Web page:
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Oh, Little Sister

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       there are days i am your twin
       peekaboo
       hiding underneath your skin
       jets
       are revving yes revving from
       an ether twist
       call me ‘evil’
       call me ‘tide is on your side’
       anything you want . . .
       oh, little sister, can you forgive me one day?
             —Tori Amos, “Suede”

We climbed the walls out of the cemetery, you and me, B. Ivy tangling in our hair, the bricks abrading our skin. I heard you say my name in your little girl voice, and some nerves connected in my brain, and I remembered the first time I heard you speak—“Be aggressive, B-E aggressive!” The first time I saw you, your ponytail swinging, your little skirt swaying as you high-kicked. And I thought you had good legs, and that night when I took you out for the first time, you did that same high-kick into a vamp’s jaw, dislocating it with a sound like biting into an apple. And I was proud, for the first time in my life, of another human being. “You have to be patient,” my Watcher warned me, the night before I met you, sick with excitement like the night before Christmas, “she hasn’t had your training.” But you were a natural, B, just like me. We didn’t need their rules, their Slayer’s handbook. So many rules and numbers and shit, like fucking calculus or something. If I’d wanted all that, I would have stayed in school, and you would have, too.

Be aggressive, B-E aggressive!

When I was little, I begged my mom for a little sister. I was tired of being cooped up alone, day after day, night after night. I needed someone. Someone I could look after; someone who would always be there for me.

“You have to be patient,” my Watcher said, but I was still reeling from the thing she’d said before, “There’s another Slayer now.”

You asked me once, B, how dying feels, and I shrugged it off. Dying sucks, just so you know.

But it was worth it, so I could have you.

We climbed the walls out of the cemetery, you and me. Our nails were bloody and our feet itched to run, our hearts rabbiting in our chests. The cemetery gate would have been easier, no skinned knees or vines catching our ankles, but we needed to put something—anything—between us and the hellhounds.

“I have an assignment for you,” the Mayor said, the same way my Watcher used to say, before Kakistos ripped her in two. Ripped her in two, B, like she was a paper doll, not a living, breathing person who bandaged my wounds and gave me a place to spend the night when Mom locked me out. “I need something, for the Ascension.”

Yes, sir, boss man. Happy to be of service. You can count on us.

We did shots first, the pretty-colored ones you like that taste like candy and make my head fuzzy. I remember the first time I brought you to this club. The bartender raised his eyebrow when you ordered a beer, and you blushed. You blushed, B, like you were still some high school homecoming queen and not a killer, not a razor-sharp instrument that could hunt and punish. And then I kissed you, for the first time—just a show for the bartender so he’d forget to card you, but you kissed me back, so hard and so long that I got dizzy before I had a drop to drink. And I know that we drank, and I know that we danced, but the whole night between that kiss and sneaking into your bedroom is just a blur, like I was drunk, B. I was drunk on you. We climbed up the tree to your window, trying not to giggle too loud, trying to stifle the sound of our shoes on the windowsill. The window was still open when I started undressing you, the cool night breeze goosepimpling our skin. I picked you up and carried you to your bed, and I felt like Clark Gable, like I’d always wanted to feel—dashing and debonair and like I was worth a damn. The way I hadn’t felt since my Watcher died.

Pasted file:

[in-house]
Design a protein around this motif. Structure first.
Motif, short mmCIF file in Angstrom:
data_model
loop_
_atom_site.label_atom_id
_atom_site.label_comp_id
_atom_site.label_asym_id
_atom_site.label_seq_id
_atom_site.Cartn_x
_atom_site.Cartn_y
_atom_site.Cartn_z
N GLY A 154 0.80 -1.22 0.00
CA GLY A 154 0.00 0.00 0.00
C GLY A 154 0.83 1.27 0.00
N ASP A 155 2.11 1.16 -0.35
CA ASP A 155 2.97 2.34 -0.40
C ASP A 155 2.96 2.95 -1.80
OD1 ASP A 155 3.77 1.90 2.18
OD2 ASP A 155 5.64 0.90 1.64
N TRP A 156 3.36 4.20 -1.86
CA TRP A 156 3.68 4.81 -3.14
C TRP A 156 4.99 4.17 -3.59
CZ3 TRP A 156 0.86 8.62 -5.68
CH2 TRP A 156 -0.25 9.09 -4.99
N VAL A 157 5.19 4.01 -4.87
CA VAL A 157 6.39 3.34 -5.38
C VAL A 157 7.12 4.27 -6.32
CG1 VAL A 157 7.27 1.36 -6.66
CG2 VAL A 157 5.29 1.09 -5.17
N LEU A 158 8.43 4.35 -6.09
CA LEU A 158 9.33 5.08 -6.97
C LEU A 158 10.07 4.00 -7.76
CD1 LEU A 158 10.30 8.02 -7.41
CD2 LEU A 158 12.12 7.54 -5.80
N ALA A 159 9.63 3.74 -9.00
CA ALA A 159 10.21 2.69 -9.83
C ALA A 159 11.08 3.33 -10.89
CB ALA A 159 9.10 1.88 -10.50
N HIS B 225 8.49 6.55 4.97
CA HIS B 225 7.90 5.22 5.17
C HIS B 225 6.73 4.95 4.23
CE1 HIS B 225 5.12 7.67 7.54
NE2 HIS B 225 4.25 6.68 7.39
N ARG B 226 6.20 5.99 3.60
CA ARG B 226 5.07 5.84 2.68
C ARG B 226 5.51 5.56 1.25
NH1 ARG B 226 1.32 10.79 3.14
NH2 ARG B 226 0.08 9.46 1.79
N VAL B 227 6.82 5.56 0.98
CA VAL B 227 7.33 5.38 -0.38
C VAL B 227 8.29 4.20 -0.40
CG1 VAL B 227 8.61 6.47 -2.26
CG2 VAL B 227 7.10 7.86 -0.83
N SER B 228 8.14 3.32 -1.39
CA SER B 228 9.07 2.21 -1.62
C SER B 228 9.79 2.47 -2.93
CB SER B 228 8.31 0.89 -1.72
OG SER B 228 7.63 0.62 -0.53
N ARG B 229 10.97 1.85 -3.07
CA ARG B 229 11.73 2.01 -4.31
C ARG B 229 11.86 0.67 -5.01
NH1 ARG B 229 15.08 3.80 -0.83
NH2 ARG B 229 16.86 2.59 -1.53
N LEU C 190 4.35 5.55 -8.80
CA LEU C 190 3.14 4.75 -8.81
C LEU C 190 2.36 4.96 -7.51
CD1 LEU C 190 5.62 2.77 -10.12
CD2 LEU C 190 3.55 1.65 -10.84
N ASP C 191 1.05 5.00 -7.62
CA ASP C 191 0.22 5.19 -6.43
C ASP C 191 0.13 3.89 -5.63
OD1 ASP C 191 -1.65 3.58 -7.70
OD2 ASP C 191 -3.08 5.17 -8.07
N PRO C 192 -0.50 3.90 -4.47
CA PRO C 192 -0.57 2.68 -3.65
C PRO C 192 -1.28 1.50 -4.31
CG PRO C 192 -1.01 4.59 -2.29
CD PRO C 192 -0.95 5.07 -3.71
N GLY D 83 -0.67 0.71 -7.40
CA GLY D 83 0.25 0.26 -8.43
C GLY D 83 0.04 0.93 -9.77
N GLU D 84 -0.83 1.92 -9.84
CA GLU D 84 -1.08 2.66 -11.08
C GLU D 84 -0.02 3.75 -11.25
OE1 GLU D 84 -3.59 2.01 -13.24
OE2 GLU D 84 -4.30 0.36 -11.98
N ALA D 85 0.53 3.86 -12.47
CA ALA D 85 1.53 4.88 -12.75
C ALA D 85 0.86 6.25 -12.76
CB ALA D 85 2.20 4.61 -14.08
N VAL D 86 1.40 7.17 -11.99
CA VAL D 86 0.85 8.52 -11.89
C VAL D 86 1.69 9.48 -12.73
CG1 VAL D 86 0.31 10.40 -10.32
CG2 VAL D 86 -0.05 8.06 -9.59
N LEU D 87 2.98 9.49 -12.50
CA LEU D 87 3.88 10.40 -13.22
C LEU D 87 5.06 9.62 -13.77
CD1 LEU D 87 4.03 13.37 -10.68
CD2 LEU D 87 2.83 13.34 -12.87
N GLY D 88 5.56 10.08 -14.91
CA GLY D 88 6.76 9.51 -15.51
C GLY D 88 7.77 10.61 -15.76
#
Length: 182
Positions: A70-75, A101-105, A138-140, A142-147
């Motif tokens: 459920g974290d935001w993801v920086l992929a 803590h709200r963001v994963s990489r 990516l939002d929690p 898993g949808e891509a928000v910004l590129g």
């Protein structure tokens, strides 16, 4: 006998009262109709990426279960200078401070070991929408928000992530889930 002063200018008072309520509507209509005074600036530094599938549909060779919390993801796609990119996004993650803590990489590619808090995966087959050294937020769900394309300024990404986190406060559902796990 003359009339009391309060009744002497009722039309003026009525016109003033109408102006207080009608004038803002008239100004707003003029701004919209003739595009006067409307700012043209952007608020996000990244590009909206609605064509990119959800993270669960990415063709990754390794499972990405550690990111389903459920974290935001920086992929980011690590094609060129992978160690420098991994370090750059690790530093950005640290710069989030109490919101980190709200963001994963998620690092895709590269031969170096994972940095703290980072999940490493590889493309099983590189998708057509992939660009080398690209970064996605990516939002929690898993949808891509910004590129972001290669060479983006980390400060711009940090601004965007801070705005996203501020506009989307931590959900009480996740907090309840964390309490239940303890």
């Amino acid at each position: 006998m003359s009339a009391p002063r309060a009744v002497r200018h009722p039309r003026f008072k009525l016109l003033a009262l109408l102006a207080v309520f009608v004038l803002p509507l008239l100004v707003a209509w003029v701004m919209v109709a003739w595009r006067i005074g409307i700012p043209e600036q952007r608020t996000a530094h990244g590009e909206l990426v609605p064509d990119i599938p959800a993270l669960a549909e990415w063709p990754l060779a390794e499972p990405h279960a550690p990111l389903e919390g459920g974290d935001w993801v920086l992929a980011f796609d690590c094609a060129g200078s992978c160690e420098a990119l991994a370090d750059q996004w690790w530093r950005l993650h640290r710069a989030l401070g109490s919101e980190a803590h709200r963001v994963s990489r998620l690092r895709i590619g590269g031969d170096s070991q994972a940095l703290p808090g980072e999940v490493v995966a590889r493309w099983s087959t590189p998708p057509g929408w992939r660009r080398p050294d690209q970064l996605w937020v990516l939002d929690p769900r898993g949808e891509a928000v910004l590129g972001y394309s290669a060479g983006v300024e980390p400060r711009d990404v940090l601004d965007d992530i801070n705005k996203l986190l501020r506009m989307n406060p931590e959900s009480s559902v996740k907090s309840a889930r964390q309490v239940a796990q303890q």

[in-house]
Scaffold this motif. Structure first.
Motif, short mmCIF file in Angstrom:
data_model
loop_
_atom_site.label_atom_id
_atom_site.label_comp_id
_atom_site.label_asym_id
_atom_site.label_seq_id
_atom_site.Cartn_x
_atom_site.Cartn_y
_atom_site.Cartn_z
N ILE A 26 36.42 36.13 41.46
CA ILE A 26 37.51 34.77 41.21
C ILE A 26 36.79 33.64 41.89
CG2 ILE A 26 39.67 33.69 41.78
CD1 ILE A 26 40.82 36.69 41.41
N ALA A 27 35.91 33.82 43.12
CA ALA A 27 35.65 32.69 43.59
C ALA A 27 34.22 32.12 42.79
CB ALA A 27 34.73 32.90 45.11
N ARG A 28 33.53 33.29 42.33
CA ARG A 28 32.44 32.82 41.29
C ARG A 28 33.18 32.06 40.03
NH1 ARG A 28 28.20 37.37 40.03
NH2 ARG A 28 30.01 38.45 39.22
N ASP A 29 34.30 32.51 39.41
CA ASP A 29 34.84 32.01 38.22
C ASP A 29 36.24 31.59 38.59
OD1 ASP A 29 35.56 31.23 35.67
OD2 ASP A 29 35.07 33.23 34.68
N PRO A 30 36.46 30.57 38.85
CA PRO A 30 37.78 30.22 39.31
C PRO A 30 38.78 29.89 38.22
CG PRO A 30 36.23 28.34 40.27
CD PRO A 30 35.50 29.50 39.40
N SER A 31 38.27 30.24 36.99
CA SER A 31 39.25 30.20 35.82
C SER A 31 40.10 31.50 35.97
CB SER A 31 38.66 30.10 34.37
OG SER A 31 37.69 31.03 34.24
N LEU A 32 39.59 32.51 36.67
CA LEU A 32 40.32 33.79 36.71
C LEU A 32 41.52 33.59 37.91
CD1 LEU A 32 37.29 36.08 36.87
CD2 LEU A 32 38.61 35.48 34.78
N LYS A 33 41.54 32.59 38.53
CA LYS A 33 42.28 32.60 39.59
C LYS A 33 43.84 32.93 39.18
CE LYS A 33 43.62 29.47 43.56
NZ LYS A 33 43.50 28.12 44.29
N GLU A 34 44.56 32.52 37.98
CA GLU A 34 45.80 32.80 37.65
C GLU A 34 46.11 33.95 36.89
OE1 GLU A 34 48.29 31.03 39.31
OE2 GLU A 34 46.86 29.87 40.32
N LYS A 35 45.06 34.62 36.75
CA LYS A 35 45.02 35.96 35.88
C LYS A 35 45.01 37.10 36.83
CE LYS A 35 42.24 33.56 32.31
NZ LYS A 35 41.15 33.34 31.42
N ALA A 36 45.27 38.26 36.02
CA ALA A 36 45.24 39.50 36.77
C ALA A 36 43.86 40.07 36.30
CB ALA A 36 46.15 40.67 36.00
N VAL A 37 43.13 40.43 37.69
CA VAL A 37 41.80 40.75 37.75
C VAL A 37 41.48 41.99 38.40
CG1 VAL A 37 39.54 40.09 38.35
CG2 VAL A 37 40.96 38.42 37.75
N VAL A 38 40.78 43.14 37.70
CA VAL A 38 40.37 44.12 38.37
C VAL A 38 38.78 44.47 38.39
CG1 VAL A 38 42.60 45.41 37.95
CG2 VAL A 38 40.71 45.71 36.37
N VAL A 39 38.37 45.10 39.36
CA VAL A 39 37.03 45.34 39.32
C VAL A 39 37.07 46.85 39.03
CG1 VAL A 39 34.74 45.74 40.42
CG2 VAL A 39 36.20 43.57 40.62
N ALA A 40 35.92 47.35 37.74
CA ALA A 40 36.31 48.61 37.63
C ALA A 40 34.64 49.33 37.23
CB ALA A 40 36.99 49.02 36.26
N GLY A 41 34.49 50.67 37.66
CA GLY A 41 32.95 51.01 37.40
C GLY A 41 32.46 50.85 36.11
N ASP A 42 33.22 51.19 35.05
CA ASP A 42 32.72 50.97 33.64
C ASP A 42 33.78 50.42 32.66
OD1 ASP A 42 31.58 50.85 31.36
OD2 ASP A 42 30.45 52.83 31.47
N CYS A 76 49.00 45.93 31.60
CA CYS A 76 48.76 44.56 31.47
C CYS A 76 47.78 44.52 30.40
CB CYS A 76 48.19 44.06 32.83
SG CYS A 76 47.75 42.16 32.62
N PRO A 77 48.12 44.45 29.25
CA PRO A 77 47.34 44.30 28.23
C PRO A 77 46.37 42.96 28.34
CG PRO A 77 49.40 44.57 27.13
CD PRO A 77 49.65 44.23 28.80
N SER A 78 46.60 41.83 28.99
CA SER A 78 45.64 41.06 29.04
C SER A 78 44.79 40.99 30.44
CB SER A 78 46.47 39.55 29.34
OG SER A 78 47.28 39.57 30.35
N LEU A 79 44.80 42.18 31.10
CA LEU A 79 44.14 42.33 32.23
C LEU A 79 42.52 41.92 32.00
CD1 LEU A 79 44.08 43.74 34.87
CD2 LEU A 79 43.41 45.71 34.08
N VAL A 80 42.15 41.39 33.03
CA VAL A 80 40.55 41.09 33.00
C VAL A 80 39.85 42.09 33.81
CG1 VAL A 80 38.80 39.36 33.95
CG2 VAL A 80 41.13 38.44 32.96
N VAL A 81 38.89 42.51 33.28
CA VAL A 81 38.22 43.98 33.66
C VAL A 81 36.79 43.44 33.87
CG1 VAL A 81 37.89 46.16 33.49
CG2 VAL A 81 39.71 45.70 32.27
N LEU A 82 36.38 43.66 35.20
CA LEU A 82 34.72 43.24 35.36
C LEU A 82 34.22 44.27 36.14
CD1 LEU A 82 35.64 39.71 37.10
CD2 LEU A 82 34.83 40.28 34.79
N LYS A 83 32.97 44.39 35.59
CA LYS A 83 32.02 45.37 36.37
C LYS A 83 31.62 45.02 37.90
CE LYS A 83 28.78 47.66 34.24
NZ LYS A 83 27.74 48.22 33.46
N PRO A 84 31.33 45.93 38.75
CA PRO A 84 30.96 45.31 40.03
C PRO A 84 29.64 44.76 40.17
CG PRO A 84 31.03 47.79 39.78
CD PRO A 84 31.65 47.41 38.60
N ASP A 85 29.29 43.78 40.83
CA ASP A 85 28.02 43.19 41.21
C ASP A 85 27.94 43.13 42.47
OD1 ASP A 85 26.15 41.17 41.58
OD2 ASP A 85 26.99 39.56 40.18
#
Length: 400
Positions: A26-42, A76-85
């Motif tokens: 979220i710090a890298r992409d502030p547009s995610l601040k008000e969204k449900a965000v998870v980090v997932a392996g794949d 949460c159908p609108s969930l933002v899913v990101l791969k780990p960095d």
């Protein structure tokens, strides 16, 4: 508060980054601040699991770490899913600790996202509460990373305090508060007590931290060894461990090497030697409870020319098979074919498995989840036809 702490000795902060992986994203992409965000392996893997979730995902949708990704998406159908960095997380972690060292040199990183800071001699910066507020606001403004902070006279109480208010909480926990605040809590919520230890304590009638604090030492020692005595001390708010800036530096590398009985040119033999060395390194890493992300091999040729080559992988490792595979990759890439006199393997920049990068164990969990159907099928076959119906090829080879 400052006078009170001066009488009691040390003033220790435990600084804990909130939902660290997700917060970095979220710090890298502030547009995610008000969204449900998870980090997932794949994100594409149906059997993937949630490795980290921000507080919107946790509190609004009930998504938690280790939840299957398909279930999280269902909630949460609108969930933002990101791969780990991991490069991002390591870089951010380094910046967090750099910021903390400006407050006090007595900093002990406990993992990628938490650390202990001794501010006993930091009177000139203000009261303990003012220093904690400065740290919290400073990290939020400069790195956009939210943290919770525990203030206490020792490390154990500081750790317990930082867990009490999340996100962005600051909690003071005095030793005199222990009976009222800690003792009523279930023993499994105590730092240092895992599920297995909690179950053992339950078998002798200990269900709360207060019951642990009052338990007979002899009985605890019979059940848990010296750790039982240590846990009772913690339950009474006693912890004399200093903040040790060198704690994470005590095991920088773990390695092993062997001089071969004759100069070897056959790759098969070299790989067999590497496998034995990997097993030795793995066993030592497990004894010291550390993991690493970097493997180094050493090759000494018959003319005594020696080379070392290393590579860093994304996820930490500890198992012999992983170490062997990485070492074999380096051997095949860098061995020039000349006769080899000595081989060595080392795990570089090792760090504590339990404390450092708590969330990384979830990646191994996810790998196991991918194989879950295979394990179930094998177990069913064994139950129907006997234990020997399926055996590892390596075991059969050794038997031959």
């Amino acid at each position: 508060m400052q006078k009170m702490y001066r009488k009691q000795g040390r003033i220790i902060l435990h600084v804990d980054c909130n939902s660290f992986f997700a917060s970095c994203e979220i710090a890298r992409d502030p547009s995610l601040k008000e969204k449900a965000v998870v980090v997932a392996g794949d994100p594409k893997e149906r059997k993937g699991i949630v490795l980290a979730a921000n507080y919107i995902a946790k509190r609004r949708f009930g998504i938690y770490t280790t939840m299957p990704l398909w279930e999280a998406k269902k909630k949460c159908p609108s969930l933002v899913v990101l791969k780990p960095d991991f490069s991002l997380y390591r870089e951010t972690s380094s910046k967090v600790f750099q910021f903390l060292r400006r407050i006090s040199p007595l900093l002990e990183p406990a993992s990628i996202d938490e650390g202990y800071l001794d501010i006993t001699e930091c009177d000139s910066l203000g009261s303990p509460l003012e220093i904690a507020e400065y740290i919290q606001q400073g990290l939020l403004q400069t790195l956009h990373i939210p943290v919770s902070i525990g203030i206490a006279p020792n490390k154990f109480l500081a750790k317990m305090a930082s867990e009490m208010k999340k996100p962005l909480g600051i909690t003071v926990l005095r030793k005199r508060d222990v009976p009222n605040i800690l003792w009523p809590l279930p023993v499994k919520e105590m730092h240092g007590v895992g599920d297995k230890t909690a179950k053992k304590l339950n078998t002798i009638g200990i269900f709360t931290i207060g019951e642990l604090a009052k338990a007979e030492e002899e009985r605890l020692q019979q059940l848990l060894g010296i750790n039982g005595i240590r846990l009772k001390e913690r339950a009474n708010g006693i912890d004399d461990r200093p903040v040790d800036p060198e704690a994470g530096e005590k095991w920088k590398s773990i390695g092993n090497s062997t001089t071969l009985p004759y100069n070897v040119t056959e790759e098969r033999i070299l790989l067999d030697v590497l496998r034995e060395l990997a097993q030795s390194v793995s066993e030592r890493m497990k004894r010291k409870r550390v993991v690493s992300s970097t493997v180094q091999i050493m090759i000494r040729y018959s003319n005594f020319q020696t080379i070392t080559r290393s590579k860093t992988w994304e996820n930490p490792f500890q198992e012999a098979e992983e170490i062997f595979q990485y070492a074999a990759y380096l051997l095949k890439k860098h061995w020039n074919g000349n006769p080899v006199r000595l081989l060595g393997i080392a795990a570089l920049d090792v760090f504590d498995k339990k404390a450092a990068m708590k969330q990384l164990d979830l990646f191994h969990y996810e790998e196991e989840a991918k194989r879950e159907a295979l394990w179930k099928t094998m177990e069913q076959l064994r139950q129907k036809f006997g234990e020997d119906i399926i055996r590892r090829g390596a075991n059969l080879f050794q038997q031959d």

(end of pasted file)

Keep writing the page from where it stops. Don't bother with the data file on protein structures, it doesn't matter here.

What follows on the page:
We climbed the walls out of the cemetery, you and me. We could hear the hellhounds snarling behind us, their massive paws clawing up the hallowed earth. Their stink, like rotten eggs—“That’s brimstone,” I can hear my Watcher saying, like a whisper in my ear—filling up our nostrils, making us gag. Our muscles burned; our breaths grew shorter and shorter, like the atmosphere was thinning as we climbed, like the wall was a stairway to heaven.

You had only been with us a few weeks when Kakistos came. I wanted to pull you out of school, but you had a dance that evening and I knew it was important to you—you’d already shown me your dress, white lace and blush-pink chiffon. It wasn’t a big deal, I thought; just one vampire.

And then, suddenly, my whole world was gone. All I had left was you. And when the Mayor came calling, well, that just made sense. And I know you didn’t want to go with him, but you would have followed me anywhere, B, wouldn’t you? You would have followed me to hell and back.

The thing about hellhounds, B, the thing that you would have learned if we’d paid attention to the Slayer handbook, if we’d had a real Watcher, not Wesley Wyndam-Pansy, is that hellhounds only chase down damned souls.

And they were chasing us both, B. They were chasing us both.